Static hummed from amplifiers around the bridge. Mason glanced left and right; the floor curved up with the bridge’s gravity wheel. He leaned forward, peering further up the arc. A corridor opened on the port side and a docking bay on the starboard. His head throbbed, and he leaned back, pressing the green button. “Commander Mason Wyatt requesting mission briefing.”
“Hold up, your name ain’t just Wyatt?” Carter snorted. “Okay then.”
“I answer to Wyatt.” Mason pressed his lips together, listening to the rumbling static and watching the bright screen. He could send a written message, but it’d take weeks for Cecilio to reply. The mission didn’t need to wait.
“Maybe she’s just old.” Carter wrapped more tape around the tube.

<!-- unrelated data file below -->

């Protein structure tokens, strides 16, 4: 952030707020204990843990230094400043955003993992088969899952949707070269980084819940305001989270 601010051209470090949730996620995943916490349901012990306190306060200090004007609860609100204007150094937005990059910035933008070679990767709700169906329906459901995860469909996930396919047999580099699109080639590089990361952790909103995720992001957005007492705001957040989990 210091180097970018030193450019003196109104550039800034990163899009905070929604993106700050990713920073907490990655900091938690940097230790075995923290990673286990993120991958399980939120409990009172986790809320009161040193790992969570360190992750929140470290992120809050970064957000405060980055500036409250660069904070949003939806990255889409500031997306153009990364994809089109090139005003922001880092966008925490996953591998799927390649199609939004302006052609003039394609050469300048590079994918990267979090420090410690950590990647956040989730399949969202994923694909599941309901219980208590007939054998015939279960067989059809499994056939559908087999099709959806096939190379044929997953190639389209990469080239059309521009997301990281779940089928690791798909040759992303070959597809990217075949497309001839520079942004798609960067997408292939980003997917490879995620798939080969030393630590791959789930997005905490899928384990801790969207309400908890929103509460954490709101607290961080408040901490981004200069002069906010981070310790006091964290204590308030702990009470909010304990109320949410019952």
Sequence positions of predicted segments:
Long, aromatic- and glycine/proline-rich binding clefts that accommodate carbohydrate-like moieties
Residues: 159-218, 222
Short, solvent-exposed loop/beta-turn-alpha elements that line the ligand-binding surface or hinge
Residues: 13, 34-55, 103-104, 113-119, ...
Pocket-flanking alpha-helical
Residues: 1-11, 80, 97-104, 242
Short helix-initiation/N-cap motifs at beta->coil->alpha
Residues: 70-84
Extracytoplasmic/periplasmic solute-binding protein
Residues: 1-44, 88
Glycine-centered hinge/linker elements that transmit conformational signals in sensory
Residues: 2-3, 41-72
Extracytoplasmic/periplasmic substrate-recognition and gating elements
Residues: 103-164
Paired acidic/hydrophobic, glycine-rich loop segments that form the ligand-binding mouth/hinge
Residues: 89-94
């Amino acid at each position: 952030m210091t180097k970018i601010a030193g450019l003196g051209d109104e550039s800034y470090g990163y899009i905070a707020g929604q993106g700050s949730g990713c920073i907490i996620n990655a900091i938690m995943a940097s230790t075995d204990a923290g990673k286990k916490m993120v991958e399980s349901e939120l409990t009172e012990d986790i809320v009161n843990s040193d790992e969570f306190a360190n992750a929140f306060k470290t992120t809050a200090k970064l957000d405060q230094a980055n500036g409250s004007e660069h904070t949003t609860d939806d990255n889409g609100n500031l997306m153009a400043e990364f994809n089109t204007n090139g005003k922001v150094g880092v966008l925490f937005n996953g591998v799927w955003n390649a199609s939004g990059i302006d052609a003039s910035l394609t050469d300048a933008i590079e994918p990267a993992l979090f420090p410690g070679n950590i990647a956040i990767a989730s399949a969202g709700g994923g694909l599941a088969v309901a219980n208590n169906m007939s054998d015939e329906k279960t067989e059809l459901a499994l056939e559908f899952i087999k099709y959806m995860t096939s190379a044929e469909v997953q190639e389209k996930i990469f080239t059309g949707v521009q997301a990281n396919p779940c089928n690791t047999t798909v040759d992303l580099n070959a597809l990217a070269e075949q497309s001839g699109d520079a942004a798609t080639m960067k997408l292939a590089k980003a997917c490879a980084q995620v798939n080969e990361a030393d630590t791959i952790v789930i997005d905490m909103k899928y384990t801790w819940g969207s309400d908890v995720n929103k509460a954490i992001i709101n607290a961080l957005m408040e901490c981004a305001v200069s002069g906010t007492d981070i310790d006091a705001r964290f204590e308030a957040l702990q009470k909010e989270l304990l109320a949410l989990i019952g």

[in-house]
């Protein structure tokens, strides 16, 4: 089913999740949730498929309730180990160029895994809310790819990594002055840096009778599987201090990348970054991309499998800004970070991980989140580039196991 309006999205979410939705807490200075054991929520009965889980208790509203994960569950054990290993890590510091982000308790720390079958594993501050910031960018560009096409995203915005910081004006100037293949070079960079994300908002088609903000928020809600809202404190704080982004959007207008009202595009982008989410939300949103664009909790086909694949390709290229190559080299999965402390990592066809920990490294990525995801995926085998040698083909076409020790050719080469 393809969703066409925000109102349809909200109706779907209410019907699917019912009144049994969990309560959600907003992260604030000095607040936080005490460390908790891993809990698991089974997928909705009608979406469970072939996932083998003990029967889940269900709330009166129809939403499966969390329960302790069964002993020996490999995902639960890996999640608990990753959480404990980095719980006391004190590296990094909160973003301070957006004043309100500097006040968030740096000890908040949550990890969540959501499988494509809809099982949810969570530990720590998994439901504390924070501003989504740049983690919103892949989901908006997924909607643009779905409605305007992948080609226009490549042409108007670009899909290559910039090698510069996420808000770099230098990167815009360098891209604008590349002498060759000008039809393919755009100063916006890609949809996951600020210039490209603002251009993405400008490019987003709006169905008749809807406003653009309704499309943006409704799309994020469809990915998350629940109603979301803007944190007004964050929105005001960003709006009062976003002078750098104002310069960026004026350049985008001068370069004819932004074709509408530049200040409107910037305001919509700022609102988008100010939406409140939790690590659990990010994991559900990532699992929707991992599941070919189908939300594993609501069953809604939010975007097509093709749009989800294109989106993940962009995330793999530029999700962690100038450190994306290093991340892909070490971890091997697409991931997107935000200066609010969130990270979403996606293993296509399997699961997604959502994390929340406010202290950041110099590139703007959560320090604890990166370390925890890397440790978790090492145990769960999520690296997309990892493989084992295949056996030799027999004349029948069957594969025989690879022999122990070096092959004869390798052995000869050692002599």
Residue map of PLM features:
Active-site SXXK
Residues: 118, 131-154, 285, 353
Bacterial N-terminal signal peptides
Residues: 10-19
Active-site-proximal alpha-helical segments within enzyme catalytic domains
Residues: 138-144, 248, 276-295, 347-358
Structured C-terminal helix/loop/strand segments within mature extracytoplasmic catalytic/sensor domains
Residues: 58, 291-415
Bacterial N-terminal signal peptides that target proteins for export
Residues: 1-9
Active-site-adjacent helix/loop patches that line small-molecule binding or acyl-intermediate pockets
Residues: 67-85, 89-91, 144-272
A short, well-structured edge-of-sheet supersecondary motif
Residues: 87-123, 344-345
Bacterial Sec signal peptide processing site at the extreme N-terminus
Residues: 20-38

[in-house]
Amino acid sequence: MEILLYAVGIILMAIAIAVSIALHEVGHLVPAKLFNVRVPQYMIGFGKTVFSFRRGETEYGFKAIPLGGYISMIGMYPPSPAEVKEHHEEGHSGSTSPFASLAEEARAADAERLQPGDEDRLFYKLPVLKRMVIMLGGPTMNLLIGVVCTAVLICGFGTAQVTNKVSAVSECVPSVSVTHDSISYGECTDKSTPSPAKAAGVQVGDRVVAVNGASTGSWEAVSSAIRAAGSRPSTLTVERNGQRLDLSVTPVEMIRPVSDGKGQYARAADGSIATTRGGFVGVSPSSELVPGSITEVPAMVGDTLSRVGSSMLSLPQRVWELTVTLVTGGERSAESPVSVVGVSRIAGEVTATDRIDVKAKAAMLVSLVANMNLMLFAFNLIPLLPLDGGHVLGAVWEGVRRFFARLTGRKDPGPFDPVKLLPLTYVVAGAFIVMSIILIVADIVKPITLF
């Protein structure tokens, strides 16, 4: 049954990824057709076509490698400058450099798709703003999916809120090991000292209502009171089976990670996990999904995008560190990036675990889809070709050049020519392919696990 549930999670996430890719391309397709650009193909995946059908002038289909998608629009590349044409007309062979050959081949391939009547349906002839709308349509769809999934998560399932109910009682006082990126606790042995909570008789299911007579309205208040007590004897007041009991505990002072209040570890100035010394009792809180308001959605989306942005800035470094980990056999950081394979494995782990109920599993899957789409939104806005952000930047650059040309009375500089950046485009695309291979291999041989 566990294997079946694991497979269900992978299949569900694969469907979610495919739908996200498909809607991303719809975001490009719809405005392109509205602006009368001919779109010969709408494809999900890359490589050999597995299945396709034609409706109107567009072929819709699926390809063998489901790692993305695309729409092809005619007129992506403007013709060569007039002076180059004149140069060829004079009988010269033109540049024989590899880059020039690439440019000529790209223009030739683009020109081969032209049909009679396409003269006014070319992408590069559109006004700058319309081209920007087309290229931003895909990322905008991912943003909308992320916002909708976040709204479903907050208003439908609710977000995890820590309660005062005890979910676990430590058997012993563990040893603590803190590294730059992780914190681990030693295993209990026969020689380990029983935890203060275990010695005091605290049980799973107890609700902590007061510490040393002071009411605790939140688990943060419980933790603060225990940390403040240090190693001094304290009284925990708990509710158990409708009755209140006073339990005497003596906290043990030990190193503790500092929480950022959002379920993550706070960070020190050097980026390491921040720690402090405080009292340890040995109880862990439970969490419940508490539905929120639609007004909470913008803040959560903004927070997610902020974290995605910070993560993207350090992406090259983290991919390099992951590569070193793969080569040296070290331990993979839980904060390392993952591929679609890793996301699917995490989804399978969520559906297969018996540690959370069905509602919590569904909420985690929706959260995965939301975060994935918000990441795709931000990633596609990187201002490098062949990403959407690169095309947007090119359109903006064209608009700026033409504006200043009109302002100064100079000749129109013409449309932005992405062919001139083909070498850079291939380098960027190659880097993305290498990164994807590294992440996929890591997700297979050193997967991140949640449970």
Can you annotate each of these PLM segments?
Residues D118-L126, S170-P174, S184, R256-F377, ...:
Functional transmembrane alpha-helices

Mason shook his head. “Communication hasn’t changed much.”
“Well, maybe it takes a while.”
“It uses APC.”
Carter stared. Did he really not know? “Accelerated Photon Communication.” Mason said.
Carter continued staring.
Mason rubbed his eyes. “They designed it way back for interstellar communication. You’d think they’d bring you up to speed.”
Carter looked down at the helmet. “I ain’t a kid, you know.”
“I never said you were,” Mason replied.
“Didn’t have to,” he tossed the finished helmet next to the other. Mason winced as it clattered and rolled to a stop.
“Look, I just don’t understand…” the tube flashed in the bridge lights, black tape holding it together. The kid had fixed it. Mason tapped the console. “I don’t…” He sighed. “You know what, thanks. Thanks for watching my six.”
“Mmm, I can really hear it in your tone,” Carter scowled. “You seem to know how the ship works and I want to find out why I’m here. I can’t do that alone.”
“Why not—” Mason began, but a chipper voice cut through the static.
“Officer Murphy of Cecilio Command Center to HS10. Report.”
Mason’s eyes narrowed. She sounded more like a pharmacist reminding him of medication than a Cecilion Officer. He cleared his throat. “This is Commander Wyatt. My partner and I—”